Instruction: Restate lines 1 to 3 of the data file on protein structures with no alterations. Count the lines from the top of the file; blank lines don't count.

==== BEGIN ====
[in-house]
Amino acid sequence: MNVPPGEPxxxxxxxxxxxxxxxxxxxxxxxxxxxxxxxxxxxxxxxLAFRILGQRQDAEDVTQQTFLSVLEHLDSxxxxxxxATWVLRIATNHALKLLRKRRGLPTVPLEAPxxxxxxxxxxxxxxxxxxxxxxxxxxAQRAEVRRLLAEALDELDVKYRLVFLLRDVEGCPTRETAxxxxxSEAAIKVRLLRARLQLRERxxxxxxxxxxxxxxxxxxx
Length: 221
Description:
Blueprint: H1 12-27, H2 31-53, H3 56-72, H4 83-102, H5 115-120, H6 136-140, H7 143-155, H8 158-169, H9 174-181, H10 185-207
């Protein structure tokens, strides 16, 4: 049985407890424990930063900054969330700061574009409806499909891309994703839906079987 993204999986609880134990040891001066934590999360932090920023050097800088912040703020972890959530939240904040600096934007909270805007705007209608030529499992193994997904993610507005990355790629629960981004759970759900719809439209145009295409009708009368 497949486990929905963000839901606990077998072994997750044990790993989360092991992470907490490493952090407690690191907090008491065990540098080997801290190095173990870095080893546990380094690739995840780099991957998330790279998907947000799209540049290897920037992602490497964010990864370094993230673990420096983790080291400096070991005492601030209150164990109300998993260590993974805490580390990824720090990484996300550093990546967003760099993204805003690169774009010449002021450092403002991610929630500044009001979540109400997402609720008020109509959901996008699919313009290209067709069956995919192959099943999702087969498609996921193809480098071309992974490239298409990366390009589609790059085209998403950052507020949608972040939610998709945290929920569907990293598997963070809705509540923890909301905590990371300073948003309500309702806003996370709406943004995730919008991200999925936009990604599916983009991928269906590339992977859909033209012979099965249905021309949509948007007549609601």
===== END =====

[in-house]
Amino acid sequence: MNVPPGEPxxxxxxxxxxxxxxxxxxxxxxxxxxxxxxxxxxxxxxxLAFRILGQRQDAEDVTQQTFLSVLEHLDSxxxxxxxATWVLRIATNHALKLLRKRRGLPTVPLEAPxxxxxxxxxxxxxxxxxxxxxxxxxxAQRAEVRRLLAEALDELDVKYRLVFLLRDVEGCPTRETAxxxxxSEAAIKVRLLRARLQLRERxxxxxxxxxxxxxxxxxxx
Length: 221